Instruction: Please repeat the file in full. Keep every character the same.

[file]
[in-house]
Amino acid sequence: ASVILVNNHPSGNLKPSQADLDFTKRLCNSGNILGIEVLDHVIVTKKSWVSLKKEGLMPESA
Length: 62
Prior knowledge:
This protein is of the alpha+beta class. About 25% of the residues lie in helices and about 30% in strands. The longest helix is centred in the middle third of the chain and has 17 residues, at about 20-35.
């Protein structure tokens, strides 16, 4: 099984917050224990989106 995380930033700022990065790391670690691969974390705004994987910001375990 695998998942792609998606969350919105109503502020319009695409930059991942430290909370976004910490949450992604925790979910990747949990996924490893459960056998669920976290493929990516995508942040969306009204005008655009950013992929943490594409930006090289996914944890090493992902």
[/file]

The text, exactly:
[in-house]
Amino acid sequence: ASVILVNNHPSGNLKPSQADLDFTKRLCNSGNILGIEVLDHVIVTKKSWVSLKKEGLMPESA
Length: 62
Prior knowledge:
This protein is of the alpha+beta class. About 25% of the residues lie in helices and about 30% in strands. The longest helix is centred in the middle third of the chain and has 17 residues, at about 20-35.
């Protein structure tokens, strides 16, 4: 099984917050224990989106 995380930033700022990065790391670690691969974390705004994987910001375990 695998998942792609998606969350919105109503502020319009695409930059991942430290909370976004910490949450992604925790979910990747949990996924490893459960056998669920976290493929990516995508942040969306009204005008655009950013992929943490594409930006090289996914944890090493992902």